Hundreds of highly paid City bankers and chief executives make up the vast majority of members of a tax avoidance scheme at the centre of a crackdown by the Revenue.
Alain Grisay, chief executive of F&C Asset Management, and Lance Uggla, who runs the financial data firm Markit, are among representatives from big business who are members of the Eclipse 35 film investment partnership loophole, an analysis of the accounts by i has found.
Coverage of Eclipse 35, which was ruled against in a tax tribunal this week, has focused on Manchester United manager Sir Alex Ferguson, former England boss Sven Goran Eriksson and Nobby Solano, the ex-Newcastle United player. Other football stars including Bolton Wanderers' Jussi Jaaskelainen and the former Ireland international Graham Kavanagh are also named as members in the documents.
But it is the vast swathe of City traders, hedge fund managers and private equity advisers which stand out, giving a rare insight into how the financial world's richest players shield their assets from the taxman.
Of the nearly 300 names in the list of members, of those whose identities are traceable, there were 11 managers at Deutsche Bank, 10 former and current Goldman Sachs bankers, eight traders and managers at UBS, and more than 25 hedge fund managers from big firms including Brevan Howard and Walker Crips. Other banks whose staff feature repeatedly include Citibank, Barclays Capital, the broker Icap, JP Morgan and RBS.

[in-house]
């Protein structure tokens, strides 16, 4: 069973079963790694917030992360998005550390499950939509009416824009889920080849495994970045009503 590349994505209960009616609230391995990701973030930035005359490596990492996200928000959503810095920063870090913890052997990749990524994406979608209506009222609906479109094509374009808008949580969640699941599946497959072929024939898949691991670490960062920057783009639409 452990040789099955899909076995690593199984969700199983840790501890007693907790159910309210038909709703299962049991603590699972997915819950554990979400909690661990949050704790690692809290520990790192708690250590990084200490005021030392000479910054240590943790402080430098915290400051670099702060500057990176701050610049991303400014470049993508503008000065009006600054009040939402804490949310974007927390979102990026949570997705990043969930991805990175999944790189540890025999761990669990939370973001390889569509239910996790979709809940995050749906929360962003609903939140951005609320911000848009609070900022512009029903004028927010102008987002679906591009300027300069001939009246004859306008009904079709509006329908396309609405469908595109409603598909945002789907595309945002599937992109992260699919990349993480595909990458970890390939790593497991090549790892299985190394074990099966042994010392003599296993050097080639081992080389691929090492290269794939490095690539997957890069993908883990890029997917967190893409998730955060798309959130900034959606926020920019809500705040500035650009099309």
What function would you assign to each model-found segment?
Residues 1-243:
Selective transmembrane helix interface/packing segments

Most of the City whizzkids involved appear to be traders or heads of departments likely to be earning hundreds of thousands of pounds a year, such as Stefan Tsonev, a managing director at JP Morgan, Magid Shenouda at Goldman Sachs, and Raymond Key of Deutsche. None was willing or available for comment.
Also appearing is Philippa Rose, sometimes claimed to be the most powerful headhunter in the City. She also declined to comment on her investment.Reuse content